Enterprise Digital Strategy for Construction and Facilities Management

An intentional digital strategy for facilities management can help project owners, managers, and leadership seamlessly communicate, execute projects aligned to timelines, avoid mistakes, and achieve portfolio goals.

Managing complex infrastructure and transforming outdated facilities comes with a range of challenges, from safety issues to space management and ever-increasing compliance demands. Further, the ability to effectively oversee facility projects, provide a transparent controls environment, and deliver adequate reporting on tasks and goals is essential to success.

Access to accurate and integrated enterprise-wide data and analytics, which underpin portfolio decision making, expedited and scalable delivery capabilities, risk management, and daily operations, is key to overcoming these challenges, reducing risks, and delivering capital projects and portfolios with confidence.


Challenges with Complex Infrastructure Portfolios

Oftentimes, facilities management project owners and program managers get overwhelmed with multiple streams of work, including diffuse and divergent project development, maintenance, renewal, and disposal actions. In working with clients with complex infrastructure portfolios, we have found that portfolio performance can suffer if the following challenges are not meaningfully addressed.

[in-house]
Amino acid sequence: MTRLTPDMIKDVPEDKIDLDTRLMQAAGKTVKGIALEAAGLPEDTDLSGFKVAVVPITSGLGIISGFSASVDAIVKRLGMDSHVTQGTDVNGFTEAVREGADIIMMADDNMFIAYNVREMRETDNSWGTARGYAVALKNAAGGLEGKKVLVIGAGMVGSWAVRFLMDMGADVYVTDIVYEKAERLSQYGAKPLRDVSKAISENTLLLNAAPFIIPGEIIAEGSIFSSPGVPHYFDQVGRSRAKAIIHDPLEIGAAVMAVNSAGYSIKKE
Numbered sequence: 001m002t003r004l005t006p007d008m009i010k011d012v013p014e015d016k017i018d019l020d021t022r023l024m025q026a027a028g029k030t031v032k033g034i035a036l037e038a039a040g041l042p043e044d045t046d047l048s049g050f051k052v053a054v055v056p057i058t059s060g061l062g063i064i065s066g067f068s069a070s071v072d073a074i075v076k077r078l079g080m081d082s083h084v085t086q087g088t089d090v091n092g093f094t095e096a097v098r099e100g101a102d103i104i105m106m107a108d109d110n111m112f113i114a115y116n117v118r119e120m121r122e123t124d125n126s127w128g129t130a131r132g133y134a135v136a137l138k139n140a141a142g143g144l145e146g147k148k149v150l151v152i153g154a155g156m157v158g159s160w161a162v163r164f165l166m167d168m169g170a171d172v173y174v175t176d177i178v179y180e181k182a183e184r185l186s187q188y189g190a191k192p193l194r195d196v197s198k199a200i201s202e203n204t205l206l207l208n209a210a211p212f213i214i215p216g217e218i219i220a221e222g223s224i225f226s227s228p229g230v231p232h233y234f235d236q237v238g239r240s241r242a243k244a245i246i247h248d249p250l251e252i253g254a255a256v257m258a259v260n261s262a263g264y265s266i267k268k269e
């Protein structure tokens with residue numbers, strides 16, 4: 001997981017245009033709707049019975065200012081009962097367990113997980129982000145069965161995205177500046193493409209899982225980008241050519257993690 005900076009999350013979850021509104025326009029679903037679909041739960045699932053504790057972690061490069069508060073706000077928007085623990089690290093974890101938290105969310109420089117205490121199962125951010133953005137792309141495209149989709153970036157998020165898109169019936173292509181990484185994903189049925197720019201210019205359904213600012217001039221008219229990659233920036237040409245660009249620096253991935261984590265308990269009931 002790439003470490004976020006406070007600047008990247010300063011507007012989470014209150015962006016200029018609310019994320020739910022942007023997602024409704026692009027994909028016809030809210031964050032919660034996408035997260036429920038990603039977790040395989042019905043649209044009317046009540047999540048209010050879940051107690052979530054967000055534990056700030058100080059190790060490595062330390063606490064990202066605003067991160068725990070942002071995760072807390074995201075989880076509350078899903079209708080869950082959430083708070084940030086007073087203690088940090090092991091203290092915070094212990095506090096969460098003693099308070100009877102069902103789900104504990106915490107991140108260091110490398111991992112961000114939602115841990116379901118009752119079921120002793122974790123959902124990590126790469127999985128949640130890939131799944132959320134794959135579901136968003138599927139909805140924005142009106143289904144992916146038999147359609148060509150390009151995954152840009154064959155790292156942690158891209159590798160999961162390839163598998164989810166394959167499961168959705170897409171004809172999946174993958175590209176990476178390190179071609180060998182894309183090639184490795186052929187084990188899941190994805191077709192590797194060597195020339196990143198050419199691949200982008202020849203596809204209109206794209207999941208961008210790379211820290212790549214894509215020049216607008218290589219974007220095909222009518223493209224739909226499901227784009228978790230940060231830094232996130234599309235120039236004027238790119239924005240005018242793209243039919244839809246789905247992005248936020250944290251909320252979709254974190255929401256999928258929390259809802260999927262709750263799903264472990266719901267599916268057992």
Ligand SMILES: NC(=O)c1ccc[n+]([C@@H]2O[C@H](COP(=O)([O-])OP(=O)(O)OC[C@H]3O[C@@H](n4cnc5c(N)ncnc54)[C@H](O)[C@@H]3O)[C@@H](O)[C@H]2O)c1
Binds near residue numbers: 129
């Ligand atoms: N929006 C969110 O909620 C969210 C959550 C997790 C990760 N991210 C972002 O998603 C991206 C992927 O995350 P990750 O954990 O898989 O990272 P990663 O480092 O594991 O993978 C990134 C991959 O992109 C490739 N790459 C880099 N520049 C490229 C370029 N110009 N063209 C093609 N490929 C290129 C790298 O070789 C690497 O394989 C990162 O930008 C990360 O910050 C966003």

Greater reliance on organization assets and resources – Project success relies on expertise and resources across the entire organization, such as IT, finance, asset management, communications, and leadership. Everyone must have the information they need to contribute.

Project controls, monitoring, and reporting – Transforming data into information is essential. Organizations must measure, manage, and report on volumes of quantitative data. Today, this is best done with increasingly complex project management tools, requiring expertise in data architecture, data analytics, and data visualization.

Ever-increasing project complexities – No longer is ROI the measure of go/no-go. Successful projects must be evaluated against competing priorities and projects; stakeholder expectations like sustainability are increasingly driving design/scope considerations.

Stakeholder engagement and communications – Whether compliance or permitting approval, or driving change to support operationalizing project deliverables, early engagement and timely communication are essential to success.